Confession time, not only am I a music junkie, I am also addicted to liner notes. As a kid I started combing through the fine print on album jackets and loved it when record companies moved away from the plain white inner sleeves to include more tidbits of info about the band, the producer, the studio and so on.
I have also been fascinated by books written about the inner workings of bands and recording sessions. Even tough I wasn’t a big Beatles fan, Mark Lewisohn’s book “The Beatles Recording Sessions” was a slice of nirvana, detailing the tiniest details of life inside Abbey Road Studios.
So, Kent Hartman’s new book The Wrecking Crew: The Inside Story of Rock and Roll’s Best Kept Secret, was right up my alley. Motown had the legendary Funk Brothers. In Nashville the go to studio musicians were The A Team and Atlantic Soul had Booker T and the MGs to lay down the musical bedrock on which so many classic songs were built.
Hartman’s book lays out the left coast version things with the rolling group of great players who worked on a steady stream of hits from artists like the Beach Boys, Sonny and Cher, The Monkees, Mamas and Papas, Simon & Garfunkel, the Byrds, a pile of Phil Specter productions, and many more.
Hartman really details what amounts to the birth of Rock and Roll, not as a musical form, but as a recording industry. Prior to the early 60s, record labels were all about finding great songs for their artists to record. That attitude carried over in the early days of rock music, where the producers were the stars and the “artists” were the interchangeable parts that got plugged into the formula when it came time to market the product.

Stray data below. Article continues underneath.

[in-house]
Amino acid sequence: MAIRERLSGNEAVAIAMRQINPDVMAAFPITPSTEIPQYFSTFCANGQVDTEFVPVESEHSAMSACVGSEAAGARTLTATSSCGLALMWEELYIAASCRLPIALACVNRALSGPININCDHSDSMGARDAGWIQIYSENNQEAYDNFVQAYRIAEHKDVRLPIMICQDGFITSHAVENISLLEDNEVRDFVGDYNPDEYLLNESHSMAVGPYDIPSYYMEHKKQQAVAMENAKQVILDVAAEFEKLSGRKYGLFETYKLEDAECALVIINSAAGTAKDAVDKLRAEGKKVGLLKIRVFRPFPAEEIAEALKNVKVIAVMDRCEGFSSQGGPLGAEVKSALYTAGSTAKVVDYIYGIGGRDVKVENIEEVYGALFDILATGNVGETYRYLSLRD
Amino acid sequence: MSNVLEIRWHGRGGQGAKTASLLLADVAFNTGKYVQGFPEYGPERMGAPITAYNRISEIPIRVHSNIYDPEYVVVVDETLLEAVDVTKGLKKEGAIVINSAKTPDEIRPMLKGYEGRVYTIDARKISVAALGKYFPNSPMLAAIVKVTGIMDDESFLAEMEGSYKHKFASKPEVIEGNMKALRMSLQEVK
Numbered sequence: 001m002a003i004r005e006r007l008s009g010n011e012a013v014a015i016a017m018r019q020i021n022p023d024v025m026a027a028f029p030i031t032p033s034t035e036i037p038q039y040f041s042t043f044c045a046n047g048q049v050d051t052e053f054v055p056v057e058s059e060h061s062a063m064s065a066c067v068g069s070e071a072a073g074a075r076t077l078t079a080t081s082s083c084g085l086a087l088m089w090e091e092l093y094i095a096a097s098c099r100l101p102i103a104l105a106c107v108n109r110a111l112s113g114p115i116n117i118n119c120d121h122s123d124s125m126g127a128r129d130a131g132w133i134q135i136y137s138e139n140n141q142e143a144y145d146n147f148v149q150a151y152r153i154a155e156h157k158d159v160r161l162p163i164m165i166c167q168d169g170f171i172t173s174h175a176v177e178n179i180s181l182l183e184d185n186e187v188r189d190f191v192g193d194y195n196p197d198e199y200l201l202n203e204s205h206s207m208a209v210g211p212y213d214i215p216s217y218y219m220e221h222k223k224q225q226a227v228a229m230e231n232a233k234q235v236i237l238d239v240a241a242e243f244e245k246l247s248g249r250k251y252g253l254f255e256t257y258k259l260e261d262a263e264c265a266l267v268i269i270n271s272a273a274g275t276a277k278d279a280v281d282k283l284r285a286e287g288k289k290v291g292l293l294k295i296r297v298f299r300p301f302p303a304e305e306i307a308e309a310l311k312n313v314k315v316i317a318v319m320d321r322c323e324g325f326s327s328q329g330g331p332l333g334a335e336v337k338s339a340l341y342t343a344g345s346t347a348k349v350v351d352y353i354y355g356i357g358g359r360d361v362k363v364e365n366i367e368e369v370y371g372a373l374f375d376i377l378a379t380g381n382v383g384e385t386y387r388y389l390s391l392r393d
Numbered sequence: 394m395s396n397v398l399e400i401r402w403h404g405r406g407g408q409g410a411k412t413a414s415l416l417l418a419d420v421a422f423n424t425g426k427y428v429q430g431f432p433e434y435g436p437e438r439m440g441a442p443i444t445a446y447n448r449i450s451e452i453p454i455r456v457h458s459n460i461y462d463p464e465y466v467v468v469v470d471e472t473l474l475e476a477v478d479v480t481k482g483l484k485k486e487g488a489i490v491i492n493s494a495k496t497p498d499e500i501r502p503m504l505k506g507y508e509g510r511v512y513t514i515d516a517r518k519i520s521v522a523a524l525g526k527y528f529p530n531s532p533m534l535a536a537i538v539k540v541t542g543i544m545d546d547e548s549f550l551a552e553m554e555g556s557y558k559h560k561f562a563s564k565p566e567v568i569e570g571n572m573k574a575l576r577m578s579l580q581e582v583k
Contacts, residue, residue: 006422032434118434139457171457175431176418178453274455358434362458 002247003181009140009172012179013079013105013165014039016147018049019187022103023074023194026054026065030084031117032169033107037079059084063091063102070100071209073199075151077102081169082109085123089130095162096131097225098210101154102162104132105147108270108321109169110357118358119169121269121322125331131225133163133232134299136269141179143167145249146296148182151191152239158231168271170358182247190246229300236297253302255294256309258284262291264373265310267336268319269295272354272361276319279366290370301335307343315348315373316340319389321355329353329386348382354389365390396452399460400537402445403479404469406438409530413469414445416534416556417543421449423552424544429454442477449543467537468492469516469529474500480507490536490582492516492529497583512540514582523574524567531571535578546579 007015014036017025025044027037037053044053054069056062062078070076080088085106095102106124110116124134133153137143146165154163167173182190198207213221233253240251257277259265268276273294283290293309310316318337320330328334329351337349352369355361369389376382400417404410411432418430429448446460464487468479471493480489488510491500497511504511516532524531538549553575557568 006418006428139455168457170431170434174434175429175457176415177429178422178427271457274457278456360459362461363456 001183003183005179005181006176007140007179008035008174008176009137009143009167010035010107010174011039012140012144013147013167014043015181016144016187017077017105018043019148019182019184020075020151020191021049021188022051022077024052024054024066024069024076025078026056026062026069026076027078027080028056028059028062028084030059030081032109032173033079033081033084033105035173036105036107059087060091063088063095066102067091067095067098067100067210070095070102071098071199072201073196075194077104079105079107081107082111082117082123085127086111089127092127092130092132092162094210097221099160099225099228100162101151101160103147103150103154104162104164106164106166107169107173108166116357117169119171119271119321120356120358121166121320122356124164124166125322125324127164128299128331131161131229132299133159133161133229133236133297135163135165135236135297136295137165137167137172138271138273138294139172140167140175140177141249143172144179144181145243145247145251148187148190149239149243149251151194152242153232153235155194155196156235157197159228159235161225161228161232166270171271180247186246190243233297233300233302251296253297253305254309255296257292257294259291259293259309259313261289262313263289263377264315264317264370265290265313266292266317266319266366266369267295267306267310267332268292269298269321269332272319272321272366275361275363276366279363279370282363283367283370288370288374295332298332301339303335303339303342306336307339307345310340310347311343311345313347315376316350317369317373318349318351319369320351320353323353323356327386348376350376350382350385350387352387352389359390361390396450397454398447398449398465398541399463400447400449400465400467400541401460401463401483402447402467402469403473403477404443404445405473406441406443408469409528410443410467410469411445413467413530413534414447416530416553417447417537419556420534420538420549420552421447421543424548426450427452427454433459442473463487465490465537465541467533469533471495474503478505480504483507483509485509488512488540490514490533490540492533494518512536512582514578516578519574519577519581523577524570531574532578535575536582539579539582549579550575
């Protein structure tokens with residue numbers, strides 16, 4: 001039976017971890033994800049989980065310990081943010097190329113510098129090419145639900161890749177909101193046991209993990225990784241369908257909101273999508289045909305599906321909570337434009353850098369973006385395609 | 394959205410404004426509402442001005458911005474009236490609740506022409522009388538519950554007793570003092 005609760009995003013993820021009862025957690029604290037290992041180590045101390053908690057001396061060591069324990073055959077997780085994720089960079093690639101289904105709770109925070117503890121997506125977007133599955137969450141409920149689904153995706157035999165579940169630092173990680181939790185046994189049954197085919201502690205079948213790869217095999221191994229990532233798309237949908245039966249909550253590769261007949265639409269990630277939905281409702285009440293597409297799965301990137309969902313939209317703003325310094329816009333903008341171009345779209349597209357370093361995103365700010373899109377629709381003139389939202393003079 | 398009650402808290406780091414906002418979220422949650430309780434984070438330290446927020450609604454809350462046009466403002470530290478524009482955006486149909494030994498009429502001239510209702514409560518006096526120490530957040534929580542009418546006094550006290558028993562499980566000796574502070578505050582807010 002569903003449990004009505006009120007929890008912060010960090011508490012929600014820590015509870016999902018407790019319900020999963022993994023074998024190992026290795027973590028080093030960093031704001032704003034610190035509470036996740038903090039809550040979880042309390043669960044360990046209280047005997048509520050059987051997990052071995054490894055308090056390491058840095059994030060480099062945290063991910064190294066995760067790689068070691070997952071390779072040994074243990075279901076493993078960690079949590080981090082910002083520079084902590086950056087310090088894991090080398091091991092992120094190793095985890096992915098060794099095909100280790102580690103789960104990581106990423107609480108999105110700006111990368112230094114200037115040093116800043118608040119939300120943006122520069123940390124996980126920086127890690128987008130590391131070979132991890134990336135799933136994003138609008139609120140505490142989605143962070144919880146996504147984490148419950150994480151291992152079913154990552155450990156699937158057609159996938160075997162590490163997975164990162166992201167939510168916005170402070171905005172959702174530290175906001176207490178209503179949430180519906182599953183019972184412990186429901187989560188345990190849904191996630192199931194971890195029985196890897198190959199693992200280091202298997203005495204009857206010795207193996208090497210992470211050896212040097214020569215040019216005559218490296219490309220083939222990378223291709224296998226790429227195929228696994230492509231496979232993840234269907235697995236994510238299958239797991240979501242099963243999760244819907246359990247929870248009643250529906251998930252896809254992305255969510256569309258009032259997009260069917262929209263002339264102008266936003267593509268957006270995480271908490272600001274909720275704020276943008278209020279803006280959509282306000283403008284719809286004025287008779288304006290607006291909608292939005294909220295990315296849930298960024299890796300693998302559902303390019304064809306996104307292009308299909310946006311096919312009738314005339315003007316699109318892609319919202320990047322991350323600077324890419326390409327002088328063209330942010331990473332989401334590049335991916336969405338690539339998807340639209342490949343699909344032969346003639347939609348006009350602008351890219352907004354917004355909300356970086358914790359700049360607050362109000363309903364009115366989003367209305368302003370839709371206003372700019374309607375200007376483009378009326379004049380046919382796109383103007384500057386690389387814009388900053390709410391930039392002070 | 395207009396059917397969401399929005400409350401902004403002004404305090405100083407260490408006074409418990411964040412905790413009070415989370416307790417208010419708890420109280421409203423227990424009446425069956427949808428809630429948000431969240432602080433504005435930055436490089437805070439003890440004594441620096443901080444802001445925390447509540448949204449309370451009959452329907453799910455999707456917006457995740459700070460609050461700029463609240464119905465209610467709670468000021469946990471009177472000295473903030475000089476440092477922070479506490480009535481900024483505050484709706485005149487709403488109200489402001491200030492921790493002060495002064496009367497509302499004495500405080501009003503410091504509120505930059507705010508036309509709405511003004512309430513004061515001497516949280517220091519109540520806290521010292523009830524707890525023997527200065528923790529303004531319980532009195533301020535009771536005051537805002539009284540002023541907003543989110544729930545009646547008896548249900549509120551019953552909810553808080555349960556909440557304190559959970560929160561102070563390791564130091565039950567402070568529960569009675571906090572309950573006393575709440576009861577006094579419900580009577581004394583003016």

The Wrecking Crew were a lose collection of players that more often than not got the call when it came time to make records. Players like drummer Hal Blaine, guitarist Glenn Campbell, keyboardist Leon Russell, guitarist Tommy Tedesco, bassist Carol Kaye, and a few dozen more played on literally hundreds of hit records and racked up dozens of Grammy awards along the way.
Hartman puts Campbell’s transition from side man, to Beach Boy to session star to hit-maker in his own right in focus through out the book. Campbell was one of a small number of these extremely skilled players who made the leap into stardom. Hartman begins the thread with Campbell’s rough and tumble childhood and completes the circle with Campbell building not only a wildly successful career in music, but a 16,500 square foot mansion at its peak.
Hartman profiles with insider details, the stories of the prolific, creative and musically gifted cats, who not only played the hits, but often added the musical missing piece. Carol Kaye playing around on her bass dropped the memorable dum dum dum da dum da d um rift that kicked off “The Beat Goes On” and gave Sonny and Cher an over due hit. Blaine was famous for coming up with just the right beat at the right time. He provided the thunderous explosions during Simon & Garfunkel’s “The Boxer” during the lie la lie lie lie crescendo of the song by recording a drum beat from the bottom of an elevator shaft.
Liner note fans will love Hartman’s Timeline, source notes and bibliography which lays out the finite details of the Wrecking Crew. This story is a fascinating look at the inner workings of the early days of rock and roll.